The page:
Elijah’s Hope bed run proves you don’t need superpowers to be a hero

On Saturday 9th July, you will be forgiven for doing a double-take if you come across a merry band of superheroes running a hospital bed through the streets of Bristol. Don’t be alarmed – they’re just doing their bit to make the world a better place.
Superheroes from Wonder Woman to the Green Arrow will be ditching their mild-mannered alter-egos and donning their capes and masks to complete a bed run to raise money to promote postural care and help support individuals with Apert Syndrome for Elijah’s Hope CIC.
The Superhero Bed Run will set off at noon from outside of the Bristol Royal Infirmary Hospital. The walkers/runners will be pushing a hospital bed from the city centre to Broadmead, Horsefair and Cabot Circus, then on to St. Nicholas Market, Corn Street, Baldwin Street and back to Bristol Royal Hospital. Those taking part in the bed run will be collecting money en route.

bed run information

join the bed run! click to emlarge and download

Fancy being a superhero? (Super powers optional)

Elijah’s Hope would welcome any super-heroes who would like to join them for some or all of the bed run on Saturday 9th July, so why not dust off your tights, pop on your giant underpants and wear your cape with pride?

Alternatively, if you cross paths with the bed run, please do make a donation if you can – you’d very much be a hero in our eyes.

Any money raised will go towards the organisation’s extensive work to promote the benefits of correct postural care.

If you do want to take part in or support the bed run, the runners will end the day by heading to the Beaufort Hunt pub in Downend from 5pm onwards. Here, there will be a live band, a silent auction, raffle prizes and a bouncy castle. We will continue raising money throughout the evening.

About Elijah’s Hope

Elijah’s Hope CIC is named after 10-year-old Elijah, son of the bed run organiser, Kaddy Thomas. The organisation campaigns for and supports severely disabled children and their families in every aspect of their lives.
Elijah was born with Apert Syndrome, a congenital disorder characterised by deformities of the skull, face, hands and feet. The condition affects less than one in 150,000 people. When he was just one year old, Elijah underwent surgery to address issues caused by Apert Syndrome. He later developed an infection at the wound site, which ultimately left him severely brain injured.

Elijah is now a wheelchair user and also suffers epilepsy, scoliosis and a seriously distorted body shape – the impact of which means his left lung is being squashed. Elijah has a high muscle tone, which has caused both hips to dislocate, and has excessive secretions affecting his breathing. He cannot eat or drink orally and, in addition, has osteoporosis, a heart murmur and a cleft of the soft palate.
Apert Syndrome is hereditary and something that his mum, Kaddy, also suffers from, although she is largely able to live a healthy life.

Raising the profile of postural care

Through Elijah’s experiences, Kaddy has seen first-hand how body shape distortion, which is typically experienced by people with limited mobility, can have devastating consequences and create serious additional health problems. But where once people treated body shape distortion as inevitable, we now know that correct postural care can make a big difference towards preserving body shape and preventing unnecessary health complications.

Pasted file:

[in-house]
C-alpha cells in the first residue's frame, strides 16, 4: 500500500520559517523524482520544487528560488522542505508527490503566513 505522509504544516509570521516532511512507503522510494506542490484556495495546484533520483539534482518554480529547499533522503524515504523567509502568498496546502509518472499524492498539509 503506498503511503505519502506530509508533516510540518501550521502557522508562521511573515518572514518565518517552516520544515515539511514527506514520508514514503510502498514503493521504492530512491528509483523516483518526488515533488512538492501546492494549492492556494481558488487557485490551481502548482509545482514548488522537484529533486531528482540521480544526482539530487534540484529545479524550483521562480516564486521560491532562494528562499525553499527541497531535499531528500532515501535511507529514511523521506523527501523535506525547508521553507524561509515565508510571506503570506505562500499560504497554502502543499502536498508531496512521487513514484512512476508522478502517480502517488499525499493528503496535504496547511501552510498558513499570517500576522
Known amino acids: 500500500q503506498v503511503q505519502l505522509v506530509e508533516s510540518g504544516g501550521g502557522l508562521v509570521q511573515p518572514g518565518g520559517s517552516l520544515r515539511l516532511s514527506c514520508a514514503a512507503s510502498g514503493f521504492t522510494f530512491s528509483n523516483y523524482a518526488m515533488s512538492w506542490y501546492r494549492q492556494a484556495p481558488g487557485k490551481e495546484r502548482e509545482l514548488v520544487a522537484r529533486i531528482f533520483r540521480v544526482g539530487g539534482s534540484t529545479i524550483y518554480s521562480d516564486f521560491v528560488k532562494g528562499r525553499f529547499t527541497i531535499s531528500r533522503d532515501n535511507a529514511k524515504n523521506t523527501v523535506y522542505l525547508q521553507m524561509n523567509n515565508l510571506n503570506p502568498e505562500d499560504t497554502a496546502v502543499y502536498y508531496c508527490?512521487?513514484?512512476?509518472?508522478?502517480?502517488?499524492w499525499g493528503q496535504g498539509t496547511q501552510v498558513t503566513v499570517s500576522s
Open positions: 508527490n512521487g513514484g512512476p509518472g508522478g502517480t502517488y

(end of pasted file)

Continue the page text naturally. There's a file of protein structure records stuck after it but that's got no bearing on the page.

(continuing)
Postural care is about making sure that people who are at risk of developing changes in their body shape are supported as symmetrically as possible, as comfortably as possible, 24 hours a day. It involves equipment such as wheelchairs, walking aids, standers, alternative seating, orthotics and night-time positioning equipment. It is helped by active therapy and encouraging movement and is directed by measurement of body symmetry. Most importantly, postural care involves individuals, their families and personal assistants working alongside health and social care practitioners to co-produce effective, person-centred solutions to often complex challenges.
If postural care can be prioritised and incorporated into daily life, there is a very real possibility of realising a world where hip dislocation in children like Elijah is seen as the glaring exception rather than the accepted norm, a world where children no longer need to undergo radical spinal surgery, and individuals of all ages can live with minimal chronic pain and discomfort.
In 2015, Elijah’s Hope ran its first international conference on postural care, providing a platform for leading practitioners and thinkers to share best practice.
On 14th and 15th September 2016, this year’s Postural Care “It’s all about family” Conference will take place at the Hilton Hotel in Bristol and will, once again, strive to bring postural care to the forefront as a proven way to prevent a wide number of health problems and relieve pressure on NHS services.

postural care

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Editor's Notes:

1. For interviews with Kaddy Thomas, please email kaddy@elijahs-hope.org or call 0757 7451931

2. You can find out more about the important work done by Elijah’s Hope at www.elijahshopeforapert.org, as well as details of the Postural Care Conference 2016 at www.elijahshopeforapert.org/events/postural-care-family-conference-2016/
3. The event takes place today Saturday 9th July 2016 collecting bed at 11:00am, starting at 12:00pm outside Bristol Royal Infirmary
4. Elijah's Hope is a non-profit Community Interest Company founded by Kaddy Thomas, to help families who have physical disabilities in particular the rare condition, Apert syndrome.

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